National HIV Prevention Conference – Highlights of Final Day


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Ronald Valdiserri

Dr. Ronald Valdiserri

This is the final in our series of daily highlights from the National HIV Prevention Conference Exit Disclaimer which wrapped up yesterday in Atlanta.

Focus on Reducing HIV-Related Disparities
The first of Wednesday’s two plenary sessions addressed the National HIV/AIDS Strategy (NHAS) goal of reducing HIV-related health disparities and health inequities. Three panelists offered perspectives on the current state of HIV-related disparities in the United States including differences related to the geographic and population based distribution of disease, incidence of new infections, health outcomes and mortality. They also explored the role of social determinants in creating, perpetuating or combating HIV-related disparities and inequality. The panelists reviewed some of the promising interventions, policy changes and partnerships that can be adopted to narrow persistent HIV-related inequities.

  • Ms. Tiffany L. West-Ojo, Chief of the Strategic HIV/AIDS Information Bureau, District of Columbia Department of Health, highlighted how the epidemic in Washington, D.C., varies from the picture painted by national data, reminding all of us that local surveillance must be used to target and scale programs that reflect local need. She offered examples of how her agency is using community viral load (CVL) to assess differential health outcomes by race/ethnicity. Tiffany stated that the philosophy of her office is one of ‘customer service ’ and that surveillance and other data must be used to improve HIV prevention, care and treatment services for the men, women, and children who live in Washington, D.C. As examples of D.C.’s ongoing efforts to “unlock data and use it in innovative ways,” Tiffany cited several data analysis projects undertaken in her office. One innovative example involved obtaining drug arrest data from the police department and mapping it by Census tract along with HIV prevalence so as to better target syringe services programs.  In another example, Tiffany’s office obtained data from the District’s licensing agency about the exact location of beauty shops, nail salons, barber shops, liquor stores, and check cashing services. They then mapped those by neighborhood along with HIV prevalence and targeted certain businesses for active involvement in the jurisdiction’s extensive condom distribution program Exit Disclaimer.
  • Dr. George Ayala, Executive Officer, The Global Forum on MSM & HIV, discussed the role of social determinants in creating, perpetuating or combating HIV-related health disparities and inequities among men who have sex with men in the United States and around the world. He highlighted literature addressing the influence of stigma, discrimination and lack of social support on gay men’s sexual risks behaviors. George also shared results from a global assessment Exit Disclaimer of HIV prevention, care and treatment services for gay and bisexual men, which were, sadly, found to be lacking.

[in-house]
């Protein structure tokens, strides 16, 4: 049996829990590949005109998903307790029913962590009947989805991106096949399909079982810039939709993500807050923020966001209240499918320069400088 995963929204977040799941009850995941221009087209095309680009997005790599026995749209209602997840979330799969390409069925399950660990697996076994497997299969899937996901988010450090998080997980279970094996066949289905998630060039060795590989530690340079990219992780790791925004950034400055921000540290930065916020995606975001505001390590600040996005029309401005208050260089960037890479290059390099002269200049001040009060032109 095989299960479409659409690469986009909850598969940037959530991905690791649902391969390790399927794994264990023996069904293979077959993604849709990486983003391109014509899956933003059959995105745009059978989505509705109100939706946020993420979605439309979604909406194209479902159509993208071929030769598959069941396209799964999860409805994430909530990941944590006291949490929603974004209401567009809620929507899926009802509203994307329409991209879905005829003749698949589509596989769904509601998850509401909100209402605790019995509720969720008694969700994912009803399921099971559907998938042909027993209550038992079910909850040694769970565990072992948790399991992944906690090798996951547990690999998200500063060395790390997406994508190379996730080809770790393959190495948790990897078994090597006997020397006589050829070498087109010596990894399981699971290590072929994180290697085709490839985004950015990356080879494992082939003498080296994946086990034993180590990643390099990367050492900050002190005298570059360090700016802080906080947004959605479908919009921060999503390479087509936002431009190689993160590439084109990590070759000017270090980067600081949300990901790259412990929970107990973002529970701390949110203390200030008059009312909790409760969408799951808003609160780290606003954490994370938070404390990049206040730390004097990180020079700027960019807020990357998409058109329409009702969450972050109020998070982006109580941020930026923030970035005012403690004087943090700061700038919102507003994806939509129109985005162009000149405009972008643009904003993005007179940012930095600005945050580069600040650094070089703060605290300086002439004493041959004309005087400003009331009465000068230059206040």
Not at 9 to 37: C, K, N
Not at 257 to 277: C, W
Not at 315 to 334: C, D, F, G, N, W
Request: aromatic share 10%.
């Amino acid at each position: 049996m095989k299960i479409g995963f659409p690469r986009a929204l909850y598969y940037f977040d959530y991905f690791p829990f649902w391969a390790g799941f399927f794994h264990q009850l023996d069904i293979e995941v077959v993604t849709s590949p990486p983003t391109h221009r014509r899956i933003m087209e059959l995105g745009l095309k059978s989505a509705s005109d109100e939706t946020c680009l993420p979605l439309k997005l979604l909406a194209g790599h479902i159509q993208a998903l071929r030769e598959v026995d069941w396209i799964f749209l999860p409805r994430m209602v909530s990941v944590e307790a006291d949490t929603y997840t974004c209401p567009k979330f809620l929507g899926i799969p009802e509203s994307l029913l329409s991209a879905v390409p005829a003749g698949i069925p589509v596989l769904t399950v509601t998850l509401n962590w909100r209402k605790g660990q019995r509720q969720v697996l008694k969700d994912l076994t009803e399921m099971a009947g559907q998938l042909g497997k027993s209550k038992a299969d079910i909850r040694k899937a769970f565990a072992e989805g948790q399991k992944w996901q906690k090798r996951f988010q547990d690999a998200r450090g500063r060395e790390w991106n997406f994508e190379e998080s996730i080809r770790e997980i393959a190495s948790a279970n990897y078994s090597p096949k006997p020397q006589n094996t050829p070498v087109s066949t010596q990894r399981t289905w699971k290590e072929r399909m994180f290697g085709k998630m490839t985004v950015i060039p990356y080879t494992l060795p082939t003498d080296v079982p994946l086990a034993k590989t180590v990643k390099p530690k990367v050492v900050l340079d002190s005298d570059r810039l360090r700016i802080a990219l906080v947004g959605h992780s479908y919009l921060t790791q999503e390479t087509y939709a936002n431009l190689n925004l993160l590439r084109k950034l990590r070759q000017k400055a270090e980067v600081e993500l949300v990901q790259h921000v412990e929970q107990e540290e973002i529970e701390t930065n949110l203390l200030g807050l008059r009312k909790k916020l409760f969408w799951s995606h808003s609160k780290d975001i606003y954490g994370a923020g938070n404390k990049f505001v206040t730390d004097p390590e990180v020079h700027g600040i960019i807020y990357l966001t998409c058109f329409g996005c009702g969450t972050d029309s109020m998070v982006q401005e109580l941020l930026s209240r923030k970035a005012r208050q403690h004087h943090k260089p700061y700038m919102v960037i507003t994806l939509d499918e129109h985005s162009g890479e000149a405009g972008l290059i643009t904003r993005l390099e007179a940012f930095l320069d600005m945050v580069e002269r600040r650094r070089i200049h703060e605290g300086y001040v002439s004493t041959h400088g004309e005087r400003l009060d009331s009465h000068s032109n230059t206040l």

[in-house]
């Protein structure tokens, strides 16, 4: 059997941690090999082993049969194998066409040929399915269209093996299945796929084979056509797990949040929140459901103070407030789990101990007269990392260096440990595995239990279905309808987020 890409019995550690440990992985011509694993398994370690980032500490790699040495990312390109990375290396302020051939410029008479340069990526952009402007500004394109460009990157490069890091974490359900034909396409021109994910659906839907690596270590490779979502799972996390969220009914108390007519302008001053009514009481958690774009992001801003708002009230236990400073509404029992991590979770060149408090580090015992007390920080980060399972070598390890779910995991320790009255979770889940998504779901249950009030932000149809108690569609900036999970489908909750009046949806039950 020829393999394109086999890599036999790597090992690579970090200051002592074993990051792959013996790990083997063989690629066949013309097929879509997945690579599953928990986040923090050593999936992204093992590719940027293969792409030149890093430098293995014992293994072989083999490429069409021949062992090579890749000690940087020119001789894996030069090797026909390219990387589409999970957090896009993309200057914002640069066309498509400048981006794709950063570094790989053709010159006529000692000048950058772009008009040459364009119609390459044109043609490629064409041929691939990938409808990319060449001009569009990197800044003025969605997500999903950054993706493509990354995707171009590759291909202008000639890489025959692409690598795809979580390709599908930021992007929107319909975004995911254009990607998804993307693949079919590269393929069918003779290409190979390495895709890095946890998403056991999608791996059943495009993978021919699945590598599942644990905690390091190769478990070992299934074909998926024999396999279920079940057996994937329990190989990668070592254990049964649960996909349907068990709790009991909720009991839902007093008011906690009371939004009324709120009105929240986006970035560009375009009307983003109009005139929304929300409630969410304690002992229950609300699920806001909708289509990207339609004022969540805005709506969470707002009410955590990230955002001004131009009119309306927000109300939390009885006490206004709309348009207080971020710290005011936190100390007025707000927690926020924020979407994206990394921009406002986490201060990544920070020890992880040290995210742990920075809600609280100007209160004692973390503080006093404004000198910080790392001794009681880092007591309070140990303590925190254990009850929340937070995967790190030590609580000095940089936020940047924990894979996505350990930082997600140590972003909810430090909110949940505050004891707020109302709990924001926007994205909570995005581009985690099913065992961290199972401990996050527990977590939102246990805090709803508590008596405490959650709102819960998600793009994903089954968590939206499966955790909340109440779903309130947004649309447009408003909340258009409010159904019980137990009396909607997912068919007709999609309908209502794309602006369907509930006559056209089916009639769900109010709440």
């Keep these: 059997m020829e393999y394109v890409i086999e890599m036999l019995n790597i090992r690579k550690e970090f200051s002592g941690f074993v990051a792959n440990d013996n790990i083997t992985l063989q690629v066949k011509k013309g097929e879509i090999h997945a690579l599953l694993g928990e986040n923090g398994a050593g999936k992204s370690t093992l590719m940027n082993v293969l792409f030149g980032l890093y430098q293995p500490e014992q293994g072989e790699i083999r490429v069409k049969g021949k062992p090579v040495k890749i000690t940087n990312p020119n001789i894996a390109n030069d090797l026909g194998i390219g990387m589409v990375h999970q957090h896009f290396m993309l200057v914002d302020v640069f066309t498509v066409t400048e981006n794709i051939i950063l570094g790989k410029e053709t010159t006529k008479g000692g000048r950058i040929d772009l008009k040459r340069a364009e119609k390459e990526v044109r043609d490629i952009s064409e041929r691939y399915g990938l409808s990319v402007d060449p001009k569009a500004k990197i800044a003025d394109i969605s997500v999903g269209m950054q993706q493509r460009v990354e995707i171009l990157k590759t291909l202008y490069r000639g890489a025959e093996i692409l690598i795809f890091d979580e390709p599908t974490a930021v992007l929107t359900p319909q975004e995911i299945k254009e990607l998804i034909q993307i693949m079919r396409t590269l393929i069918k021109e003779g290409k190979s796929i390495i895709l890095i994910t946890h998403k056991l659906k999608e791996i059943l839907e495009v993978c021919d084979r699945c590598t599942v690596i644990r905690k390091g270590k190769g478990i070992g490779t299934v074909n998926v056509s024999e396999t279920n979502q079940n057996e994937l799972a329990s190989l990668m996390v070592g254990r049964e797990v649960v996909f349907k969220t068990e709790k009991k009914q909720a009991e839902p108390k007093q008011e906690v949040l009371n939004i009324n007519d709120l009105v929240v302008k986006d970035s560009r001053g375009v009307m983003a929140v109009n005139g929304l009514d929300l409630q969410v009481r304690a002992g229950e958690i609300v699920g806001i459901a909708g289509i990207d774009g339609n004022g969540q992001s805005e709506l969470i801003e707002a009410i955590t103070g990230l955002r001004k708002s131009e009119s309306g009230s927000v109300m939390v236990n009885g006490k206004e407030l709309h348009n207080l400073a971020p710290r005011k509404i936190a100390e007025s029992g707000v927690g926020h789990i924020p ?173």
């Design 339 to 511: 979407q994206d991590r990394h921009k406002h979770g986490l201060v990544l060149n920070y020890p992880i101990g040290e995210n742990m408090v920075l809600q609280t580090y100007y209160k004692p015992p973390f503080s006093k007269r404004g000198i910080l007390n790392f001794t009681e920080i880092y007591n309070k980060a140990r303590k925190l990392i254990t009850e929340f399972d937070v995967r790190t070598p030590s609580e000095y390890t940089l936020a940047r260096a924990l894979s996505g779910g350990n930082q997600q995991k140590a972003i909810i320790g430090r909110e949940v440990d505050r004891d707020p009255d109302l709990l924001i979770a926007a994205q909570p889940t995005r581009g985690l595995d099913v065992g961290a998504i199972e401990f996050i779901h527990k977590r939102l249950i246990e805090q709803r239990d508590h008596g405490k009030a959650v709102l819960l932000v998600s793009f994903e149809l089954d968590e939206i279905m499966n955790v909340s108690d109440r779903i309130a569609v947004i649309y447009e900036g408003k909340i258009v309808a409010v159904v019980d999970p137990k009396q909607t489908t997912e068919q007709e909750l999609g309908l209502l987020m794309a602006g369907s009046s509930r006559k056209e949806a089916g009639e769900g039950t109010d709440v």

• Mr. Chip Allen, Health Equity Coordinator at the Ohio Department of Health, highlighted some recent promising national advances in addressing health disparities and inequities including the HHS Action Plan to Reduce Racial and Ethnic Health Disparities and CDC’s 2011 Health Disparities and Inequalities Report. He echoed Ms. West’s call for better use of data to examine social determinants of health and inform public health decision-making.  Mr. Allen then shared some examples of how his office has used various data sources and mapping methods—especially those from commercial marketing sources—to analyze disparities, explore their social determinants, and pursue remedies with public health colleagues. Finally, he highlighted the Ohio Department of Health’s recent policy decision that all requests for proposals include a requirement to address health equity and described a comprehensive system to monitor and evaluate the state’s efforts to reduce health inequalities.

Lessons for the Road Ahead from 30 Years of HIV/AIDS Advocacy

Closing Plenary Photo

Phill Wilson of the Black AIDS Institute addresses the closing plenary. Listening are (l-r) CDC's Dr. Rich Wolitski, Dr. Marjorie Hill of GMHC, Michelle Lopez of NAPWA, and Dr. Ron Valdiserri of HHS. Photo credit: Larry Bryant, HousingWorks.

The conference’s closing plenary featured stirring reflections on 30 years of community leadership, advocacy and activism from three distinguished, longtime leaders from the community: Ms. Michelle Lopez, Chair of the Board of Directors of the National Association of People With AIDS (NAPWA) Exit Disclaimer; Mr. Phill Wilson, Executive Director, Black AIDS Institute Exit Disclaimer; and Dr. Marjorie Hill, Chief Executive Offer, Gay Men’s Health Crisis Exit Disclaimer in New York City.

  • Michelle spoke of the power and passion of the many communities in which she works, including the Latino community, African American, women, mothers, and persons living with HIV, and she urged the continued cooperation and collaboration among all of them and the rest of the advocacy community. She also commended CDC’s prioritization of prevention with HIV-positive individuals – helping people living with HIV reduce their risk of transmitting HIV to others – as part of its commitment to “High-Impact Prevention.” Finally, she urged the audience —including federal agency officials—to remember the special needs of women who are infected or affected by HIV/AIDS.
  • Phill challenged the audience by stating that we now have the tools “to end the HIV/AIDS epidemic in America” and wondered aloud if we have the will to do so. In passionate words, he talked about his own experience living with HIV and reminded conference attendees that what enabled communities to survive in the early, bleak days of the epidemic endures today: the fact that we have each other. That, despite our differences, we are a family committed to the shared goal of stopping the spread of HIV.